This not only eases their concerns but also empowers them with knowledge, fostering a stronger, trust-based working relationship.


John Cammidge, Google Ads Consultant, J Cammidge


Manage Clients Closely and Honestly

I refer to difficult clients as "challenging," and most of the time, challenging clients need both close management and honesty. Some challenging clients either don't fully understand what they're paying for, or they're just trying to push you for maximum results. Plus, they also tend to react well when you are honest and forthright. 


Keep the conversation flowing and let them know everything you've done and why. In my field, I always send clients a monthly overview of progress, which keeps minds at rest, as well as ensuring there's regular communication. 


But I also know when to push back and tell a client if they're being unreasonable or if I don't like what they're saying. Doing a good job and being honest throughout, 99% of the time calms everything down and‌ the client is thankful for it.


George Cotter, SEO Consultant, Tall Marketing


Set Clear Expectations Early

Many issues arise between clients and freelancers simply from not setting clear expectations with each other at the beginning of the relationship. Create an ongoing list of questions you ask every client when you first onboard them, like timing, price, revision expectations, and payment schedule. 


If you're in the middle of a difficult relationship, ask clear and direct questions to gain clarity on what the client wants. Ultimately, you're in a customer service role, so try to delight your clients. But if things aren't working out even after trying to communicate more clearly, it may be time to move on!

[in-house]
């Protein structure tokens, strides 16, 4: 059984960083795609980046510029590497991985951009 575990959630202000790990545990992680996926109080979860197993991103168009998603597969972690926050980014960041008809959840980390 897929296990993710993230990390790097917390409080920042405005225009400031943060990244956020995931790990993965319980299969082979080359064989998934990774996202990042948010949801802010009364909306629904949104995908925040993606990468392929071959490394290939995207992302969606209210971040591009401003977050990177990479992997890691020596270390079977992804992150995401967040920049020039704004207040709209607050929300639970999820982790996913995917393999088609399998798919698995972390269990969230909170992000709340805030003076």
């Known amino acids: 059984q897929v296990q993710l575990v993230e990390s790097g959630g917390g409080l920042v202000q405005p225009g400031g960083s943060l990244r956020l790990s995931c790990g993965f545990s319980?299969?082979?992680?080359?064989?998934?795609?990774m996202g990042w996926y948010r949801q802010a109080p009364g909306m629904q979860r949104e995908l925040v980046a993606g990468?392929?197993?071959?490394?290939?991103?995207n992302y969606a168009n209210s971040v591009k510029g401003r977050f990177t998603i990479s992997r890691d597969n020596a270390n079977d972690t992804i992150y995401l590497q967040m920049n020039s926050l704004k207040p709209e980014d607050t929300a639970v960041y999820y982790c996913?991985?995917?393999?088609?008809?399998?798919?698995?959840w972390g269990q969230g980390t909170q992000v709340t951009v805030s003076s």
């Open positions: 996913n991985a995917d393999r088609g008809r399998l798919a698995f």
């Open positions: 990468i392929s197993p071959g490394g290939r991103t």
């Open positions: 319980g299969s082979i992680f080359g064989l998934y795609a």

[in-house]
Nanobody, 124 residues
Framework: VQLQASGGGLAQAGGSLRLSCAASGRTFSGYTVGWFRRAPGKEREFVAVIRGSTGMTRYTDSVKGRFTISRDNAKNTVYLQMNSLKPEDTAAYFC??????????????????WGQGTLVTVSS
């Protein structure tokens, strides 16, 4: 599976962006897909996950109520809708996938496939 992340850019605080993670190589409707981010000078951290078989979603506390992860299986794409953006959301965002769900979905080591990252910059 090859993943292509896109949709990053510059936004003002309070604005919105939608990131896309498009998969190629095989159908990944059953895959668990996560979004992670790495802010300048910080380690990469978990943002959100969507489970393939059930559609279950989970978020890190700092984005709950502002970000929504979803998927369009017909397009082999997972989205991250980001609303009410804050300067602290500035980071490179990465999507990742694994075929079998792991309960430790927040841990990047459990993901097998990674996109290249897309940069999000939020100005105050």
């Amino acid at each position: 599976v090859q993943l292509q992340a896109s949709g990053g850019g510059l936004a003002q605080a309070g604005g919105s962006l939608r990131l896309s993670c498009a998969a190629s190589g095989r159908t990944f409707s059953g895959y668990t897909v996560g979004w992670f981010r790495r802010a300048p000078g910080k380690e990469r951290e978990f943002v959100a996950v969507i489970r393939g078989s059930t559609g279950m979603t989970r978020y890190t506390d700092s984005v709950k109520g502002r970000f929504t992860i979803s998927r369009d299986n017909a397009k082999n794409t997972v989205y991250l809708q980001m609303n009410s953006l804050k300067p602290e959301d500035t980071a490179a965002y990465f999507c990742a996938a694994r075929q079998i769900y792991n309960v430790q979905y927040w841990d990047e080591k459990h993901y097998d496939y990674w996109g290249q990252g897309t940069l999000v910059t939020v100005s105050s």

Lauren Ward, Writer and Content Strategist, Upward Content LLC


Give Strong Support and Security

If you're skilled and on top of your deadlines but have challenges with a difficult client, it probably means that they have a poor leadership style. Often, this comes from the belief that no one can do the job as well as they can. 


They may even be right, but this mindset will inhibit their growth and will make life hard for both of you. This belief stems from insecurity, so the first thing you need to do is make them feel secure in themselves while you build trust. 


Try to find areas of agreement and begin there. Give them strong support for good ideas and don't dwell too much on the negative. Document everything and get approval prior to executing anything.‌ Make most things "their idea," even if you feel like they're your idea. 


Then, as you build trust by delivering what they want, start making small suggestions for what you know they need, where you can bring your own skills and experience. Start small, get some wins, and over time, you can win many of them over.


Dennis Consorte, Digital Marketing and Leadership Consultant for Startups, Snackable Solutions